Your status once you have had 18 months of continuous creditable health coverage. To be HIPAA eligible, at least the last day of your creditable coverage must have been under a group health plan; you also must have used up any COBRA or state continuation coverage; you must not be eligible for Medicare or Medicaid; you must not have other health insurance; and you must apply for individual health insurance within 63 days of losing your prior creditable coverage. When you're buying individual health insurance, HIPAA eligibility gives you greater protections than you would otherwise have under state law.
Home Health Care:
Health care services and supplies a doctor decides you may get in your home under a plan of care established by your doctor.
Individual Health Insurance Policy:
Policies for people that aren't connected to job-based coverage. Individual health insurance policies are regulated under state law.
Individual Health Insurance Policy:
Policies for people that aren't connected to job-based coverage. Individual health insurance policies are regulated under state law.
Under the Affordable Care Act, starting in 2014, you must be enrolled in a health insurance plan that meets basic minimum standards. If you aren't, you may be required to pay an assessment. You won't have to pay an assessment if you have very low income and coverage is unaffordable to you, or for other reasons including your religious beliefs. You can also apply for a waiver asking not to pay an assessment if you don't qualify automatically.
A cap on the total lifetime benefits you may get from your insurance company. An insurance company may impose a total lifetime dollar limit on benefits (like a $1 million lifetime cap) or limits on specific benefits (like a $200,000 lifetime cap on organ transplants or one gastric bypass per lifetime) or a combination of the two. After a lifetime limit is reached, the insurance plan will no longer pay for covered services.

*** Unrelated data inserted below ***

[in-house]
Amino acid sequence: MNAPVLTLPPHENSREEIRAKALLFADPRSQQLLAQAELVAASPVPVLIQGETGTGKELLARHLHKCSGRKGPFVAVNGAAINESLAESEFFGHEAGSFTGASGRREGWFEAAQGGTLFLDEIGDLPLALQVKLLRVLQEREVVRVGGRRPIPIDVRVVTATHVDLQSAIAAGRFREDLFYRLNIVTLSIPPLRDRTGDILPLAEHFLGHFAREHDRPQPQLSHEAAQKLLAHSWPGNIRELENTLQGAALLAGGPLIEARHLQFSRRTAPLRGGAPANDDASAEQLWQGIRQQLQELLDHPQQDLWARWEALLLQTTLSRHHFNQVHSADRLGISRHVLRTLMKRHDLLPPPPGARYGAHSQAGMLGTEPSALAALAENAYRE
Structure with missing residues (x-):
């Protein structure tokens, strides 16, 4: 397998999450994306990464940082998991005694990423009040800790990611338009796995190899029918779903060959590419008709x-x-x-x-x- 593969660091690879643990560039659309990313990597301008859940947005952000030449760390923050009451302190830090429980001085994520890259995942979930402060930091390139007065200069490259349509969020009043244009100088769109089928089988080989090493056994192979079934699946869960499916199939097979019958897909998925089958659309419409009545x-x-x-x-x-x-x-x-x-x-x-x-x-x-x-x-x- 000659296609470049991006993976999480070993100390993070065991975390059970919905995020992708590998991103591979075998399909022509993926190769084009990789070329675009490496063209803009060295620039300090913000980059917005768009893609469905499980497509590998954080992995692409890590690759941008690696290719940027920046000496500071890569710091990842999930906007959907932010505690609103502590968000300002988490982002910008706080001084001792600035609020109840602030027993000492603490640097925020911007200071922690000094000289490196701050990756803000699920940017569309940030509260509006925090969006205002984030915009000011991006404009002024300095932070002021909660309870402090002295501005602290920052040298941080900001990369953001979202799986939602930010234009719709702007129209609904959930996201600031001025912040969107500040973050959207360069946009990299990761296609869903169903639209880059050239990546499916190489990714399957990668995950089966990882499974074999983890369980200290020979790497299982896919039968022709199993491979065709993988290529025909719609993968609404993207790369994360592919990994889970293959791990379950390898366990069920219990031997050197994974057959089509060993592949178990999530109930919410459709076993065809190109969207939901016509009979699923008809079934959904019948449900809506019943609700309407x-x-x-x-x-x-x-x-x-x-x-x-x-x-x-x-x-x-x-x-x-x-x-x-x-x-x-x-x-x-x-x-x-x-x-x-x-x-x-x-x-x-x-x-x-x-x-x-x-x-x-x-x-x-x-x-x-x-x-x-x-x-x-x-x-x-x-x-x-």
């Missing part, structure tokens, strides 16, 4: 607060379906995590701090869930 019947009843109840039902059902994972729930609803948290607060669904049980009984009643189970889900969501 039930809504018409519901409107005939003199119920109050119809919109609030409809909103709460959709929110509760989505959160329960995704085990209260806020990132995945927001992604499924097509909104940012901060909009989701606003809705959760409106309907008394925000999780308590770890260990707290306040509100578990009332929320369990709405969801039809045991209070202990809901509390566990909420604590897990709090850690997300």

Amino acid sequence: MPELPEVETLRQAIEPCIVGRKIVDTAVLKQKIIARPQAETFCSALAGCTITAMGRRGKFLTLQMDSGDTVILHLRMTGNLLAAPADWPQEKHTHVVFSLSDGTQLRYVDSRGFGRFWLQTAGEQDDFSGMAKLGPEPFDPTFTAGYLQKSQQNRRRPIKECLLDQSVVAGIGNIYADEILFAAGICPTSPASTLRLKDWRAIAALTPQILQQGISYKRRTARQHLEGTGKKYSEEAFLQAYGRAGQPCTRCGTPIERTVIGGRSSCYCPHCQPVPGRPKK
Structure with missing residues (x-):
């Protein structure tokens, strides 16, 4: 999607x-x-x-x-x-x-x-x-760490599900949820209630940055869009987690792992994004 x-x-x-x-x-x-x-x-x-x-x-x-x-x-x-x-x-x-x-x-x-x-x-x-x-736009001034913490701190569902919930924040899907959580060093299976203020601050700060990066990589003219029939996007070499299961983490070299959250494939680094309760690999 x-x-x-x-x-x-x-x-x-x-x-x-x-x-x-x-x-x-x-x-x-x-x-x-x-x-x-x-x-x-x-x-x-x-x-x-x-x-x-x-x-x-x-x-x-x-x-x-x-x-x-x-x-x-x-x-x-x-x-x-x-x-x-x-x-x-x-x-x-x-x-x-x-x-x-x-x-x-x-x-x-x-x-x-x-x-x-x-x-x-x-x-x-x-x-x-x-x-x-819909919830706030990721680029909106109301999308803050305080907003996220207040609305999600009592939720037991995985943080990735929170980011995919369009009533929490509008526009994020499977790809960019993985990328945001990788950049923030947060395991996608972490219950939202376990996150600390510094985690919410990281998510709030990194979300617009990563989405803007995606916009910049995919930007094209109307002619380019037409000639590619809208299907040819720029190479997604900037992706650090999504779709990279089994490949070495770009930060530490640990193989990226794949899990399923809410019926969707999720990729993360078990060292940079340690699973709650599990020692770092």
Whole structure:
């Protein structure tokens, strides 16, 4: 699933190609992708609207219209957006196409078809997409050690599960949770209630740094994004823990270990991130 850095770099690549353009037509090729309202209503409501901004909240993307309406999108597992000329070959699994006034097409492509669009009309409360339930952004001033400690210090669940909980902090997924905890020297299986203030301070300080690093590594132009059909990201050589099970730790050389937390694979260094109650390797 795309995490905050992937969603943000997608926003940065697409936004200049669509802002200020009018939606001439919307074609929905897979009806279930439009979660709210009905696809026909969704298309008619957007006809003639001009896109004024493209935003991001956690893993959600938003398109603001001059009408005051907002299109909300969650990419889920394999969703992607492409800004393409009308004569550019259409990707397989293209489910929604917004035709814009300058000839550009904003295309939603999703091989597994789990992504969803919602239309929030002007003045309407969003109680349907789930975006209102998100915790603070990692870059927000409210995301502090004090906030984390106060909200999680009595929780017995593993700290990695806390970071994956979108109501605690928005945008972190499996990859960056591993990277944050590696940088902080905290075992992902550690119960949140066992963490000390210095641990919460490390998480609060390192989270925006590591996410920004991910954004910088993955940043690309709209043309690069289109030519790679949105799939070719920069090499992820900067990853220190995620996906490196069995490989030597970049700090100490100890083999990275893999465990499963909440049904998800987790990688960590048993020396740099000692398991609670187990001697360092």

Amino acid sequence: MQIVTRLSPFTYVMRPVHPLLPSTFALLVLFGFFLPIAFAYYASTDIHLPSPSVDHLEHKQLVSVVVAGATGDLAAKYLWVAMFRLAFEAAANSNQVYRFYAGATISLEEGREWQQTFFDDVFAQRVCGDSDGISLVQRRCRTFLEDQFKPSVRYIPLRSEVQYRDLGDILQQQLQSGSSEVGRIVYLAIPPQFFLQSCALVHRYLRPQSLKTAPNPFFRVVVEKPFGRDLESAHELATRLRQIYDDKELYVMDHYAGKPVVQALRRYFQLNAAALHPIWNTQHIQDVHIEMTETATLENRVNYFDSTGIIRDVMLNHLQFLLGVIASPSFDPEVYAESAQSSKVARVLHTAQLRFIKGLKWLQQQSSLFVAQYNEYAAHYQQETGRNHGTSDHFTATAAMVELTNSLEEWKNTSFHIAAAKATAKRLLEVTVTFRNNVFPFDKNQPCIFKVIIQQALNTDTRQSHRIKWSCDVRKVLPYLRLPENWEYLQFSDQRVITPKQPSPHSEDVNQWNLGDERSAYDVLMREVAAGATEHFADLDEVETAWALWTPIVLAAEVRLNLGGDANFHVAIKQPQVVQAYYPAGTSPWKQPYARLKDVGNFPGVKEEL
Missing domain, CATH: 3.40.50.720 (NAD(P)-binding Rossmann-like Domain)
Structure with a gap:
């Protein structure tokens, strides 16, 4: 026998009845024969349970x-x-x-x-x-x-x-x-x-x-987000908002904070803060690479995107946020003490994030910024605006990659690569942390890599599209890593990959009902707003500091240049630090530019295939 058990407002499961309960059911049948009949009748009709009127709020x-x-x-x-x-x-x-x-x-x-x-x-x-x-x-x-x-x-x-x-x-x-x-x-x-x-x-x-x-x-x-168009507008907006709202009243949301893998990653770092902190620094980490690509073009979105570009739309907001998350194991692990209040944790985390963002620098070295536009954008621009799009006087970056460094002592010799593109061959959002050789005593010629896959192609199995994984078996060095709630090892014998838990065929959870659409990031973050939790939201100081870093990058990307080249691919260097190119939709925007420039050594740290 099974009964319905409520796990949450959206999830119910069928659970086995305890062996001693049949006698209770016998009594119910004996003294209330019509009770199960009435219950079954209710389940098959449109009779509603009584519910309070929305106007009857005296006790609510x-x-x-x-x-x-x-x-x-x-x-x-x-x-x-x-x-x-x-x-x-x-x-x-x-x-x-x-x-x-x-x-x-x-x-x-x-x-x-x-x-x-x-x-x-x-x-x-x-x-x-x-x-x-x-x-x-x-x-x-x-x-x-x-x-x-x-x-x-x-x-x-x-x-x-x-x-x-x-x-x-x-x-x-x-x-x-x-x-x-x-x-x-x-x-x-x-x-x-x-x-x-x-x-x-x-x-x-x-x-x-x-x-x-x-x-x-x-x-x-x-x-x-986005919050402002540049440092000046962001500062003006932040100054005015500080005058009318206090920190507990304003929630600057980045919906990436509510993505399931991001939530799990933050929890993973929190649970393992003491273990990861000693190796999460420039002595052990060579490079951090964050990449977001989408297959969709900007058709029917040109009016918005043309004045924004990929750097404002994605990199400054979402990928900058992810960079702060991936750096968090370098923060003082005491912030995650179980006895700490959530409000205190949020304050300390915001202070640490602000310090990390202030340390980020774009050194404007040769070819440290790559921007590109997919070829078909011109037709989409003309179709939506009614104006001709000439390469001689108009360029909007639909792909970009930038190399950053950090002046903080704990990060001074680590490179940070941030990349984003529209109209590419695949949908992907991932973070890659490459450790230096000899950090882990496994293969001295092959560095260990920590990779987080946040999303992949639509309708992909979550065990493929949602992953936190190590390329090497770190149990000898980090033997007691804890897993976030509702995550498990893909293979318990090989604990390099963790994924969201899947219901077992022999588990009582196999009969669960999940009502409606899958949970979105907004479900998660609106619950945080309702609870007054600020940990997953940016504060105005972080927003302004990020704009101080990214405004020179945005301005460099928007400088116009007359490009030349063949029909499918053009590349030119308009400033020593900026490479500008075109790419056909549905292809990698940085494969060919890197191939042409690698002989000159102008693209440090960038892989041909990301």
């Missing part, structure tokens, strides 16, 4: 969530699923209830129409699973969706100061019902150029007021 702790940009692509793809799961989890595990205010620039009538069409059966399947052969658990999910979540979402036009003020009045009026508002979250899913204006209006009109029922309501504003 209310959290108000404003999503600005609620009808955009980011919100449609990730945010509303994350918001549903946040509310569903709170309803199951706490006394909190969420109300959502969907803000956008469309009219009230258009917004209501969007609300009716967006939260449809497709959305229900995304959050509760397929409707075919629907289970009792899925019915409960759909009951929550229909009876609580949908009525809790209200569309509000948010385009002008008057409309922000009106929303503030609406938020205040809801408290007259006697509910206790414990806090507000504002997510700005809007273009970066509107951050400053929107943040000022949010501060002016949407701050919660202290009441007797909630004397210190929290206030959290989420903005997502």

Services that include medical and non-medical care provided to people who are unable to perform basic activities of daily living such as dressing or bathing. Long-term supports and services can be provided at home, in the community, in assisted living or in nursing homes. Individuals may need long-term supports and services at any age. Medicare and most health insurance plans don’t pay for long-term care.
A state-administered health insurance program for low-income families and children, pregnant women, the elderly, people with disabilities, and in some states, other adults. The Federal government provides a portion of the funding for Medicaid and sets guidelines for the program. States also have choices in how they design their program, so Medicaid varies state by state and may have a different name in your state.
Medical Loss Ratio (MLR):
A basic financial measurement used in the Affordable Care Act to encourage health plans to provide value to enrollees. If an insurer uses 80 cents out of every premium dollar to pay its customers' medical claims and activities that improve the quality of care, the company has a medical loss ratio of 80%. A medical loss ratio of 80% indicates that the insurer is using the remaining 20 cents of each premium dollar to pay overhead expenses, such as marketing, profits, salaries, administrative costs, and agent commissions. The Affordable Care Act sets minimum medical loss ratios for different markets, as do some state laws.
Services or supplies that are needed for the diagnosis or treatment of your health condition and meet accepted standards of medical practice.